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Well, now that my exams are over, the lectures have commenced. I'm a… - John C. Kirk — LiveJournal

Jan. 22nd, 2003

06:02 pm

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Well, now that my exams are over, the lectures have commenced. I'm a bit busier this term, primarily because I'm doing 6 modules rather than the usual 4 (since I blagged my way onto the other 2 AI related courses). The upshot of this is that I have classes every day, including a 10am start 3 times a week - most uncivilised, I say! It's basically been intros this week, so nothing too complicated, but the subjects certainly sound more interesting than last term's, i.e. a bit more advanced. One interesting thing yesterday in the "random algorithms" class - there are only 6 of us registered for it, and we all said that we were finding the pace too slow. The lecturer (who's new to Kings) recommended one particular textbook, saying that it's very good, but quite hard. Apparently he was originally planning to teach out of it, but then the department told him "don't you dare!" - dumbing down in action. But since we're all happy to move faster, he may revert to that plan by next week.

I'm thinking of changing one of my options - dropping "network optimisation" (which seems to have a lot of overlap with last term's "graph theory" module) in favour of cryptography. I read "Cryptonomicon" (Neal Stephenson) last term, which was interesting, and as a result of that I bought two thick books (about 1000 pages each) on the subject. One of these is a recommended textbook for the course, so I figure that if I'm going to read it anyway, then it would be good strategy to do it as study for the exam. This is a subject that interests me, but I chose not to do it (when I filled out the forms last term) on the grounds that I couldn't really justify it - I needed to do subjects that were as close to AI as possible (for the PhD plan). But now that I'm doing the two extra modules, I'm sorted there, and I can probably sneak into the NOP class after I drop it (quite high numbers).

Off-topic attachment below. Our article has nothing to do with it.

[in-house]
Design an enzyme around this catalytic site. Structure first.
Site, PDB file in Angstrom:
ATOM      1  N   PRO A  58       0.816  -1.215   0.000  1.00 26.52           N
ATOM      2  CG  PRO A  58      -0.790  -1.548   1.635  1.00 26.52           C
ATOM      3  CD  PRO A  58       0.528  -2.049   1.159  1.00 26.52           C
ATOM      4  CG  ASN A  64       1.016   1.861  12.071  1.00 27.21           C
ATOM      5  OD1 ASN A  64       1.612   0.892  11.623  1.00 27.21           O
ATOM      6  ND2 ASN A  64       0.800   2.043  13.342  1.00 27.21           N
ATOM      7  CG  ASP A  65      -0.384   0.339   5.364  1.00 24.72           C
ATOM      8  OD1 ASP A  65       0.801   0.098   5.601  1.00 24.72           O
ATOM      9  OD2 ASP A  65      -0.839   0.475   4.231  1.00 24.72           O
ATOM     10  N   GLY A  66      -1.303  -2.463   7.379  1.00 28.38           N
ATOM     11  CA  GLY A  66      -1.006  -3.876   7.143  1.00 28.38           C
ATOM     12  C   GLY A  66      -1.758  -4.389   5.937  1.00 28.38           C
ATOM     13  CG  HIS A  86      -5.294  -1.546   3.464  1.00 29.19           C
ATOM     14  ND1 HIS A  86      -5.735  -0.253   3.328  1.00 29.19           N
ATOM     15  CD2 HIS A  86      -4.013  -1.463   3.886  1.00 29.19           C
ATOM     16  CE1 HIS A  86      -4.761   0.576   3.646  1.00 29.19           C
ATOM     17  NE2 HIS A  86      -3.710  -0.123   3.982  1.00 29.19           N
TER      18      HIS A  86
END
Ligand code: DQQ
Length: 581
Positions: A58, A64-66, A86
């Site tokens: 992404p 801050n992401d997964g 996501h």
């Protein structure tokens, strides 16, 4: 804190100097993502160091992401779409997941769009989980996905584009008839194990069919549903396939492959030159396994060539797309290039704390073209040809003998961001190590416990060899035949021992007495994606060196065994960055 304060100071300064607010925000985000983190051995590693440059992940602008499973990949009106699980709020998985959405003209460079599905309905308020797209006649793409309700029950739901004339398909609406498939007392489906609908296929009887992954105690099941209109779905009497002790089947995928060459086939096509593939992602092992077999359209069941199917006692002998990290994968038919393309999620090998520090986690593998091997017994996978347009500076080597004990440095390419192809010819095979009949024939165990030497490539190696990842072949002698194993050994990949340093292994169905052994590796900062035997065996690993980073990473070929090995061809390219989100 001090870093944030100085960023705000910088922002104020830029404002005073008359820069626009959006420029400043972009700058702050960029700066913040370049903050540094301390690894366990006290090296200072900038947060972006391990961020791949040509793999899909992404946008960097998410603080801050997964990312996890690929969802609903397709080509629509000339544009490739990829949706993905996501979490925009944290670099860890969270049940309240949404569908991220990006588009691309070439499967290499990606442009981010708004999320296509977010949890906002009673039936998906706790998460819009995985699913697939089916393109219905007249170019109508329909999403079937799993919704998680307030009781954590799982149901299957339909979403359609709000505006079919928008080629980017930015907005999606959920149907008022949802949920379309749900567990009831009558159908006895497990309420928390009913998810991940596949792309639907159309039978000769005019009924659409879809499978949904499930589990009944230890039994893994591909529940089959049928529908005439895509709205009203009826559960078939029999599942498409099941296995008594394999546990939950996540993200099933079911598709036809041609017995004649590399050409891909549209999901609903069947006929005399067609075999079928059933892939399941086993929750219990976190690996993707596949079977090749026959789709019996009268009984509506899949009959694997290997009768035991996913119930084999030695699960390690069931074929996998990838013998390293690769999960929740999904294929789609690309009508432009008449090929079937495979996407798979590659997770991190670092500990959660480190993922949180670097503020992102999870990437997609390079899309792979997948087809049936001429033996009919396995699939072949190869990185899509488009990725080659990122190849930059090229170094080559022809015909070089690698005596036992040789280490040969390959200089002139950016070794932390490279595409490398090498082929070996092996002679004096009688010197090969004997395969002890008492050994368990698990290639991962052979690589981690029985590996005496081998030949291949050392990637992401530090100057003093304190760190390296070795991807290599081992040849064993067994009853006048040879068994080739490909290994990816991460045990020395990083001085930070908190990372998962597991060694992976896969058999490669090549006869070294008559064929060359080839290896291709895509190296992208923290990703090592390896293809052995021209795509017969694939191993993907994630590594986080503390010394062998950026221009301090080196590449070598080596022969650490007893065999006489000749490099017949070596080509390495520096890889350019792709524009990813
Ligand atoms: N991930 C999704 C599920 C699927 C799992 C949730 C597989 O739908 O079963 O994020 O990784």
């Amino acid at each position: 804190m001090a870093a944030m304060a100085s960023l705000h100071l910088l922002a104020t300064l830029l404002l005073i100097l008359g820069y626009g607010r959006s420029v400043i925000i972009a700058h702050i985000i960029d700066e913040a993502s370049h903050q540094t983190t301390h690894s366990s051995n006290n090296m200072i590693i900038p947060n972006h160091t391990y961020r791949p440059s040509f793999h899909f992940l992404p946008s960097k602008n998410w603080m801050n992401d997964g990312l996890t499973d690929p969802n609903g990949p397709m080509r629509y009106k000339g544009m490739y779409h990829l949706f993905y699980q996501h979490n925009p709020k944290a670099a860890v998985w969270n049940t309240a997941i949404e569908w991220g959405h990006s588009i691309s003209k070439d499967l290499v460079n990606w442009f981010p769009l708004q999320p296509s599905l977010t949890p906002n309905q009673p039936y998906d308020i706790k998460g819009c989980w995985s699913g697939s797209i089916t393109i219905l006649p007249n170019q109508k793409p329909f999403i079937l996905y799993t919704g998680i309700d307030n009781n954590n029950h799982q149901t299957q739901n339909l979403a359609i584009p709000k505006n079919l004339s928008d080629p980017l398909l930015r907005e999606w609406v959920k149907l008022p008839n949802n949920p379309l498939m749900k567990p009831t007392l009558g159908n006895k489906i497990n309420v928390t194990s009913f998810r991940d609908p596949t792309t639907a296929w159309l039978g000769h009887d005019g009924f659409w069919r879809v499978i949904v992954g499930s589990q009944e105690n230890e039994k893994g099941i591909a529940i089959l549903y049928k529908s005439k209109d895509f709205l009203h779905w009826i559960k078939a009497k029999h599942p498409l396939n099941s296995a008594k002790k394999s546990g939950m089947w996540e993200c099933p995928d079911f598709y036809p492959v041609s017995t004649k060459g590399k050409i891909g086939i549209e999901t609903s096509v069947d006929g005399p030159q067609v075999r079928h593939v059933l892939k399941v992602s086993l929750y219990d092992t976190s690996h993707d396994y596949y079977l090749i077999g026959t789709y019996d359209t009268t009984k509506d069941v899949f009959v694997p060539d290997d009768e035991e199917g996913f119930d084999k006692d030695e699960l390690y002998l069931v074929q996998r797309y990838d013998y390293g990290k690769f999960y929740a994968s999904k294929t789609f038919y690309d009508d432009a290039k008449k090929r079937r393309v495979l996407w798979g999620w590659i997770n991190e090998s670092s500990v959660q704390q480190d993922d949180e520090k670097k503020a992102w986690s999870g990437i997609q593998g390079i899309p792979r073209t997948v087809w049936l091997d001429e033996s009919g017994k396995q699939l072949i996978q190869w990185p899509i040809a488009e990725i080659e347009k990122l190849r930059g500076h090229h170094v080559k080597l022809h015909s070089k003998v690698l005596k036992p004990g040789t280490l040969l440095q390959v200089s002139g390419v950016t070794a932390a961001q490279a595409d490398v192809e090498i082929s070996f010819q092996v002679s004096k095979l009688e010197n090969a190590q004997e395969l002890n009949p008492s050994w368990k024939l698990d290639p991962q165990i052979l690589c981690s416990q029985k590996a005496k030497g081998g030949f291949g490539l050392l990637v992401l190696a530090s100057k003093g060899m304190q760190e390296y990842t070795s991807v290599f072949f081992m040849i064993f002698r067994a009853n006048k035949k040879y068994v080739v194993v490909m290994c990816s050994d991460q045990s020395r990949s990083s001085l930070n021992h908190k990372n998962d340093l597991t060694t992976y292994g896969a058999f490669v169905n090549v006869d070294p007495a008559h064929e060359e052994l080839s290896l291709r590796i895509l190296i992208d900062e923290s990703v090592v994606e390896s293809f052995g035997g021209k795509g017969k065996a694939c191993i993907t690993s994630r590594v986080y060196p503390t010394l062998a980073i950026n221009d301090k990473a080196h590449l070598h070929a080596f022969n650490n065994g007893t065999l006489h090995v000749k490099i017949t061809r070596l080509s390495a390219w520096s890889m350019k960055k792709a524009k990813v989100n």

So, speaking of the new courses, I had the first one today - NLP (Natural Language Processing). This is another fairly small class (about a dozen of us), and it's taught by Prof Lappin (my project supervisor). He was pleased to see me when I arrived, and at the end of the class he asked me whether I still wanted to do the project (I said yes), which pleased him even more. So, this all bodes well for our future working relationship. The impression I get from lots of lecturers at Kings is that they like enthusiasm - they're pleasantly surprised whenever a student shows signs of actually being awake :) On the subject of enthusiasm, I'm really keen on this course. I was reading a book that the prof (I'm not sure whether I'm allowed to call him Shalom (his first name) yet) lent me, which is also on this subject, and I had the same reaction to both things (book and class) - this is what I came back to university for. The basic idea of the reading he's giving me is to get me up to speed on the latest theories/development in this area (anaphora resolution), and after that I certainly won't be rehashing old stuff. I'll actually be "on the frontier", pushing back the boundaries of human knowledge and all that. Pretty cool :) So, now I just need to start learing Prolog...